Don’t be duped in land deals

Tuesday July 20 2021
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Land in Makindye. For every land transaction, due diligence must be done to minimise fraudulent transactions. PHOTO/Rachel Mabala

By Guest Writer

Worldwide, real estate enjoys the reputation of being the safest investment option. For Uganda however, fraud in this sector remains a glaring challenge as it lurks through real estate agencies, land registries, court rooms, and commissions of inquiry among other public and private avenues.

But what is fraud? Ugandan courts have defined fraud as “an intentional perversion of the truth by a person for the purpose of inducing another in reliance upon it to part with some valuable thing belonging to them or to surrender a legal right.” Simply put, fraud includes acts or omissions whose intent is deception of another to gain an advantage or cause another to lose a legal right or entitlement. Where such a deception is involved in dealing with a resource as valuable as real estate, there is great cause for concern.

Many a layperson will be surprised that such a deception could happen so imperceptibly that it would be difficult to prove in an instant. But we are usually so caught up in the excitement of concluding deals that we rarely bother to safe guard against the possibility that we may have dealt with someone not so honest, or that someone may have taken us for a ride.

It may be easier to understand the nature of fraud and how close it is if we examined some of its common incidences. Besides the more obvious forgery of titles, powers of attorney, illegal removal of caveats, under declaring the value of the transactions, we also have administrators of estates transferring property to themselves or third parties without recourse to beneficiaries.

There are also unscrupulous elements who take advantage of the provision in our laws for the issuance of “special certificates of title”. This provision was intended to cater for situations where the owner’s copy of the certificate of title is lost, destroyed, or irredeemably obliterated. Fraudsters, however, have taken advantage of this rather helpful process, to create special titles under false pretenses and then transfer the same to unsuspecting third parties.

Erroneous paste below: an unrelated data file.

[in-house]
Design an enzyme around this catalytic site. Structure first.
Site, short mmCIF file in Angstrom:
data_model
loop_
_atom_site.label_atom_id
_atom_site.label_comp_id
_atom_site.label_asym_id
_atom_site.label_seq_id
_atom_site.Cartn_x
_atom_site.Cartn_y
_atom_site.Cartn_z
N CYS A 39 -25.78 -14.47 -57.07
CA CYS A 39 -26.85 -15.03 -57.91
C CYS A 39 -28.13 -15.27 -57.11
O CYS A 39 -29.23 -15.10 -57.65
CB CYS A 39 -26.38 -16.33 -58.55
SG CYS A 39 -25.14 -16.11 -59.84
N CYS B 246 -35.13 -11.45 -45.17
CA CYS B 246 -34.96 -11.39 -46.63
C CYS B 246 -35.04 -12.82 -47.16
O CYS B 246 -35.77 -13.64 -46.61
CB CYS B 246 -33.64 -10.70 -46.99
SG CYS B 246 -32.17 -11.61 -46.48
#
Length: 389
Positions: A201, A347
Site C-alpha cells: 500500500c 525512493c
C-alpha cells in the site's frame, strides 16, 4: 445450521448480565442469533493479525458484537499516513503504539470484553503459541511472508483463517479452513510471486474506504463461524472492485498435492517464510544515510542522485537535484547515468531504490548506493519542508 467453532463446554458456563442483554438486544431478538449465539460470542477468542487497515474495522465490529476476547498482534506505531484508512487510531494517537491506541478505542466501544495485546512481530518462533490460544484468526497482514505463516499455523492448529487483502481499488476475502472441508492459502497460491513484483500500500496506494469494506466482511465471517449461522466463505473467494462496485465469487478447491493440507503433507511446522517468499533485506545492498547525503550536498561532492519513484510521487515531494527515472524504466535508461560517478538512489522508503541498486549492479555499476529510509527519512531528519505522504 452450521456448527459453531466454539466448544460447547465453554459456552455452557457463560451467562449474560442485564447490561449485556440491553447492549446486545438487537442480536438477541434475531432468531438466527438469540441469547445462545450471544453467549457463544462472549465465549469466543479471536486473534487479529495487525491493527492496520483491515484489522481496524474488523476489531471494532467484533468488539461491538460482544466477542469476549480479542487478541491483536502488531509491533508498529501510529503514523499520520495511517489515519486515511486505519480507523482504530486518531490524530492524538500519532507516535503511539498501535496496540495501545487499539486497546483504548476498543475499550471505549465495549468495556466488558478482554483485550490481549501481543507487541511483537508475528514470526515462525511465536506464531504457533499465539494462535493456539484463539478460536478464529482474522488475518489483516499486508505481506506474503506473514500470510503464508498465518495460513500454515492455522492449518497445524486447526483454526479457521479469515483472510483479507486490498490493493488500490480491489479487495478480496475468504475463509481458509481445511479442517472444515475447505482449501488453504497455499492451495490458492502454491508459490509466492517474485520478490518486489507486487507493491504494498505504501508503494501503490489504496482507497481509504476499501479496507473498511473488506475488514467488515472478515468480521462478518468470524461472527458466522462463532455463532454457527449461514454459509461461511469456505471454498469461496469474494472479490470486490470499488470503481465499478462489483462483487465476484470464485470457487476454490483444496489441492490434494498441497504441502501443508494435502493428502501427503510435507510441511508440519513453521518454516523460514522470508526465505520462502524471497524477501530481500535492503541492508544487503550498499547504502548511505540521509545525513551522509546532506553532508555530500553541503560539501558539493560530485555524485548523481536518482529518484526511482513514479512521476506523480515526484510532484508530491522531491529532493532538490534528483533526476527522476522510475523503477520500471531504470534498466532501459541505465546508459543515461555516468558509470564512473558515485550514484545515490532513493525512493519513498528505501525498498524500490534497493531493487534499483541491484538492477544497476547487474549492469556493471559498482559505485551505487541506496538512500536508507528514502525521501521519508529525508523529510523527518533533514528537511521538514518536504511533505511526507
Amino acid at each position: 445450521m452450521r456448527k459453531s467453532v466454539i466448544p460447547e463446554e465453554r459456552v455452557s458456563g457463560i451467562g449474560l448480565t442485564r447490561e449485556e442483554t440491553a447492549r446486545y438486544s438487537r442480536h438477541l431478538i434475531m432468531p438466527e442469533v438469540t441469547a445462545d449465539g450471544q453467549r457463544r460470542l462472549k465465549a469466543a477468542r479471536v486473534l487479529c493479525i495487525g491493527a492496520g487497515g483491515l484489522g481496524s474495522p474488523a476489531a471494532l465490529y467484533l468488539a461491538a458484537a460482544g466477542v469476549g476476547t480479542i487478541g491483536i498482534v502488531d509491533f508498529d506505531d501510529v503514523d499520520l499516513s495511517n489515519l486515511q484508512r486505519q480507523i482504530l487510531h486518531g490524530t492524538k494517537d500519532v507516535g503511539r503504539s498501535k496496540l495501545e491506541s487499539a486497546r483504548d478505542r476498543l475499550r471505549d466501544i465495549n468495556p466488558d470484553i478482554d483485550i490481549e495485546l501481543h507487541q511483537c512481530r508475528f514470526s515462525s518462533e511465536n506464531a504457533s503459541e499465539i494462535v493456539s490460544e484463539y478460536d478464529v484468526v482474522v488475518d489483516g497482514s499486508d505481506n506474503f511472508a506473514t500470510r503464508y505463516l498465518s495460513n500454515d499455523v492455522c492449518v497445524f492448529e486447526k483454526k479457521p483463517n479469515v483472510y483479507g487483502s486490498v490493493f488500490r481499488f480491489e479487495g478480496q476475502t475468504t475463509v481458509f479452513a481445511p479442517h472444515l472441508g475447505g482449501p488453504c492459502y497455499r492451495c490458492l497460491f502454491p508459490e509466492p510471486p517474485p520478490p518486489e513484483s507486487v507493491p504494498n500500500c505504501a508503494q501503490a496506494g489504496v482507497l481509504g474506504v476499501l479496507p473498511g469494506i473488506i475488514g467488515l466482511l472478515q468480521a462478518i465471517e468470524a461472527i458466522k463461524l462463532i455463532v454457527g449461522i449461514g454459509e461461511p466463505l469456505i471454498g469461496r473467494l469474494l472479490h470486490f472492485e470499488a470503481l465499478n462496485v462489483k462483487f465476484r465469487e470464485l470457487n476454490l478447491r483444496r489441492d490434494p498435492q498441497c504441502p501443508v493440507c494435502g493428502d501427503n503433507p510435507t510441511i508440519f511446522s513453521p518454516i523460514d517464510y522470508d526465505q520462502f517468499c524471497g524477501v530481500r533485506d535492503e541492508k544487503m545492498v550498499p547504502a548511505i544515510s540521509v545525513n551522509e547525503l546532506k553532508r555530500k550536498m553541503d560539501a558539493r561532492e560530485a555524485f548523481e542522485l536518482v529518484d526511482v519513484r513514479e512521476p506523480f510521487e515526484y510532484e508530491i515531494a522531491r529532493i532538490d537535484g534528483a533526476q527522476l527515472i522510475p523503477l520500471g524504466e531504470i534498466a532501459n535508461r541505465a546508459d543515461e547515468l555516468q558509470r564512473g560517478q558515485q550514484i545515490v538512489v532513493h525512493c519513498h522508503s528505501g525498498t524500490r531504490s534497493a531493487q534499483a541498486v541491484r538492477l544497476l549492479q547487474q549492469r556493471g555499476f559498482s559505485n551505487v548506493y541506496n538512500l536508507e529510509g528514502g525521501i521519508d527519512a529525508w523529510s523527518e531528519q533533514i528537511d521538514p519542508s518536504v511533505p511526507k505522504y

While the victims of such fraud may resort to Court for appropriate remedies, the legal burden of proof is a notch higher than the balance of probabilities ordinarily demanded in civil matters. Even where the law provides for a last resort to the owner that loses their land to fraud to pursue compensation from the government, the tediousness of that process seldom makes up for the value of the property lost to fraud.

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Usually, fraud is undertaken by unsavory opportunists, emboldened by the fact that their victims rarely bother with some basic steps that would avert them or at least significantly reduce the fraudsters’ chances. To this end, the words ‘due diligence’ must cease to be some legalese and become an indispensable requirement for every land transaction no matter who the party on the other side is. As an intending purchaser of land, one must check for the status of ownership, history of the land, and any overlapping interests that may cause you worry in the future.

This means you must conduct a formal search at the land registry and obtain a search certificate or report, visit the property and see what the locals have to say about it, and ensure that a boundary opening exercise is conducted by a registered surveyor or firm of surveyors. An intending purchaser must ensure that a well drafted Land Sale Agreement is prepared and duly executed with the seller of the property in the presence of at least two witnesses. In sum, due diligence should go past taking one’s seller at face value and assuming everything they say is true. Thoroughly investigate the person and property and ascertain that the two correspond.

Realities such as the purchaser not being in Uganda, may make it difficult for some people to adhere to all these recommended steps. Always involve lawyers and surveyors you can trust. While building trust requires time, it is inevitable if we are to succeed at investing in this lucrative but rather risky sector. Good legal representation for example helps one take advantage of what Louis J. Freeh called the fraudster’s greatest liability: the certainty that their fraud is too clever to be detected.

The author is a partner at Signum Advocates. 


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